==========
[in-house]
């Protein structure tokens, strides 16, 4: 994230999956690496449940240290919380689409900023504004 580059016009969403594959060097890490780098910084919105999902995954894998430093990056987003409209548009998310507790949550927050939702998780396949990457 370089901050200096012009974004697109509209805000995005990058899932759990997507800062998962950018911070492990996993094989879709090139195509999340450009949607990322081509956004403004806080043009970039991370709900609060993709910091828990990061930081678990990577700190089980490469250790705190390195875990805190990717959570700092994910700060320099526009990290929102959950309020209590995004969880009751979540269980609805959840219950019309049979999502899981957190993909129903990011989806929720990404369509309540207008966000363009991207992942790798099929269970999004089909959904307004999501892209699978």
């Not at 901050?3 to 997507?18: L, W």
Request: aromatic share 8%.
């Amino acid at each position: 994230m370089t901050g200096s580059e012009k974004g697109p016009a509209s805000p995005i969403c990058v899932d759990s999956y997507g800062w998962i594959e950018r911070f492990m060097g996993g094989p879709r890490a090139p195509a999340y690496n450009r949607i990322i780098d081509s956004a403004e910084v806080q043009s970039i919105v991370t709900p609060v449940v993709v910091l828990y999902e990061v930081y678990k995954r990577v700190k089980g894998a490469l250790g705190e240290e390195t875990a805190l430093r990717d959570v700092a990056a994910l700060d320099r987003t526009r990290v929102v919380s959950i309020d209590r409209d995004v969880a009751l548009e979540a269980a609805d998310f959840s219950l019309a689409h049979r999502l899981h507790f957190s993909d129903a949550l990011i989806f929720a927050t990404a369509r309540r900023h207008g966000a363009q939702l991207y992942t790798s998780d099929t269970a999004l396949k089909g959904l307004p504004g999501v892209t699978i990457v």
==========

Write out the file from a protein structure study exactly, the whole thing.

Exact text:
[in-house]
């Protein structure tokens, strides 16, 4: 994230999956690496449940240290919380689409900023504004 580059016009969403594959060097890490780098910084919105999902995954894998430093990056987003409209548009998310507790949550927050939702998780396949990457 370089901050200096012009974004697109509209805000995005990058899932759990997507800062998962950018911070492990996993094989879709090139195509999340450009949607990322081509956004403004806080043009970039991370709900609060993709910091828990990061930081678990990577700190089980490469250790705190390195875990805190990717959570700092994910700060320099526009990290929102959950309020209590995004969880009751979540269980609805959840219950019309049979999502899981957190993909129903990011989806929720990404369509309540207008966000363009991207992942790798099929269970999004089909959904307004999501892209699978």
């Not at 901050?3 to 997507?18: L, W």
Request: aromatic share 8%.
């Amino acid at each position: 994230m370089t901050g200096s580059e012009k974004g697109p016009a509209s805000p995005i969403c990058v899932d759990s999956y997507g800062w998962i594959e950018r911070f492990m060097g996993g094989p879709r890490a090139p195509a999340y690496n450009r949607i990322i780098d081509s956004a403004e910084v806080q043009s970039i919105v991370t709900p609060v449940v993709v910091l828990y999902e990061v930081y678990k995954r990577v700190k089980g894998a490469l250790g705190e240290e390195t875990a805190l430093r990717d959570v700092a990056a994910l700060d320099r987003t526009r990290v929102v919380s959950i309020d209590r409209d995004v969880a009751l548009e979540a269980a609805d998310f959840s219950l019309a689409h049979r999502l899981h507790f957190s993909d129903a949550l990011i989806f929720a927050t990404a369509r309540r900023h207008g966000a363009q939702l991207y992942t790798s998780d099929t269970a999004l396949k089909g959904l307004p504004g999501v892209t699978i990457v």